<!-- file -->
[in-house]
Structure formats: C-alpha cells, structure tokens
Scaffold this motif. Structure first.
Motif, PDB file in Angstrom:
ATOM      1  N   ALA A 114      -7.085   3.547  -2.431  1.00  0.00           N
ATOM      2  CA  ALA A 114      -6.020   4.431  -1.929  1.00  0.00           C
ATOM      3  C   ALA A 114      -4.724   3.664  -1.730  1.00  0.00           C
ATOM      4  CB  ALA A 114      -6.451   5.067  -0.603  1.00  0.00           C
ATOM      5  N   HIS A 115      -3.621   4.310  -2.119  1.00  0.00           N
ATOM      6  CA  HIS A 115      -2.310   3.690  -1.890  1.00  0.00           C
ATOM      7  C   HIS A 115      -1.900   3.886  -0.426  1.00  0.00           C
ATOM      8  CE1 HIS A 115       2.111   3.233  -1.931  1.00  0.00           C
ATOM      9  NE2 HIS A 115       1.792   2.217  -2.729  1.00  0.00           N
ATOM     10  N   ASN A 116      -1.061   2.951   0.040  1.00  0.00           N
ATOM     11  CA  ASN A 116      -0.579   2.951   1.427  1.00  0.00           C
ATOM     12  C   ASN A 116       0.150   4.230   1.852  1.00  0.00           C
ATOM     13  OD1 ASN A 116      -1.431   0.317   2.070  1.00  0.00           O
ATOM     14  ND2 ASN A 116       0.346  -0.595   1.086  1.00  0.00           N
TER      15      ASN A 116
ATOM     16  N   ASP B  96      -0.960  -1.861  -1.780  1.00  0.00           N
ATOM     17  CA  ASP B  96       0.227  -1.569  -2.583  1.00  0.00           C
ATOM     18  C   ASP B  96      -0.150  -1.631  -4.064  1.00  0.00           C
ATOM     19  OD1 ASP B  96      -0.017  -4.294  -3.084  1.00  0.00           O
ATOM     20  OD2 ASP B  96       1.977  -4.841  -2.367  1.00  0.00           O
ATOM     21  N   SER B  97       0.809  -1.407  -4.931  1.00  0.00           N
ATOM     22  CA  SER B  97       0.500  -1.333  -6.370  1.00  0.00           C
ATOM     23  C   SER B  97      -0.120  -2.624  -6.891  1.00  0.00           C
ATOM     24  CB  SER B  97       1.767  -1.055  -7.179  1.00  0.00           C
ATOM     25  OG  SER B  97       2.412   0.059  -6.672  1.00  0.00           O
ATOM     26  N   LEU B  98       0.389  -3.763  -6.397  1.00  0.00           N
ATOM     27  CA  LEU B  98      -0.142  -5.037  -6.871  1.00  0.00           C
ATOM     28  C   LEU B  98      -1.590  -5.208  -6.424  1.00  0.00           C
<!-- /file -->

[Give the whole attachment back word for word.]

[in-house]
Structure formats: C-alpha cells, structure tokens
Scaffold this motif. Structure first.
Motif, PDB file in Angstrom:
ATOM      1  N   ALA A 114      -7.085   3.547  -2.431  1.00  0.00           N
ATOM      2  CA  ALA A 114      -6.020   4.431  -1.929  1.00  0.00           C
ATOM      3  C   ALA A 114      -4.724   3.664  -1.730  1.00  0.00           C
ATOM      4  CB  ALA A 114      -6.451   5.067  -0.603  1.00  0.00           C
ATOM      5  N   HIS A 115      -3.621   4.310  -2.119  1.00  0.00           N
ATOM      6  CA  HIS A 115      -2.310   3.690  -1.890  1.00  0.00           C
ATOM      7  C   HIS A 115      -1.900   3.886  -0.426  1.00  0.00           C
ATOM      8  CE1 HIS A 115       2.111   3.233  -1.931  1.00  0.00           C
ATOM      9  NE2 HIS A 115       1.792   2.217  -2.729  1.00  0.00           N
ATOM     10  N   ASN A 116      -1.061   2.951   0.040  1.00  0.00           N
ATOM     11  CA  ASN A 116      -0.579   2.951   1.427  1.00  0.00           C
ATOM     12  C   ASN A 116       0.150   4.230   1.852  1.00  0.00           C
ATOM     13  OD1 ASN A 116      -1.431   0.317   2.070  1.00  0.00           O
ATOM     14  ND2 ASN A 116       0.346  -0.595   1.086  1.00  0.00           N
TER      15      ASN A 116
ATOM     16  N   ASP B  96      -0.960  -1.861  -1.780  1.00  0.00           N
ATOM     17  CA  ASP B  96       0.227  -1.569  -2.583  1.00  0.00           C
ATOM     18  C   ASP B  96      -0.150  -1.631  -4.064  1.00  0.00           C
ATOM     19  OD1 ASP B  96      -0.017  -4.294  -3.084  1.00  0.00           O
ATOM     20  OD2 ASP B  96       1.977  -4.841  -2.367  1.00  0.00           O
ATOM     21  N   SER B  97       0.809  -1.407  -4.931  1.00  0.00           N
ATOM     22  CA  SER B  97       0.500  -1.333  -6.370  1.00  0.00           C
ATOM     23  C   SER B  97      -0.120  -2.624  -6.891  1.00  0.00           C
ATOM     24  CB  SER B  97       1.767  -1.055  -7.179  1.00  0.00           C
ATOM     25  OG  SER B  97       2.412   0.059  -6.672  1.00  0.00           O
ATOM     26  N   LEU B  98       0.389  -3.763  -6.397  1.00  0.00           N
ATOM     27  CA  LEU B  98      -0.142  -5.037  -6.871  1.00  0.00           C
ATOM     28  C   LEU B  98      -1.590  -5.208  -6.424  1.00  0.00           C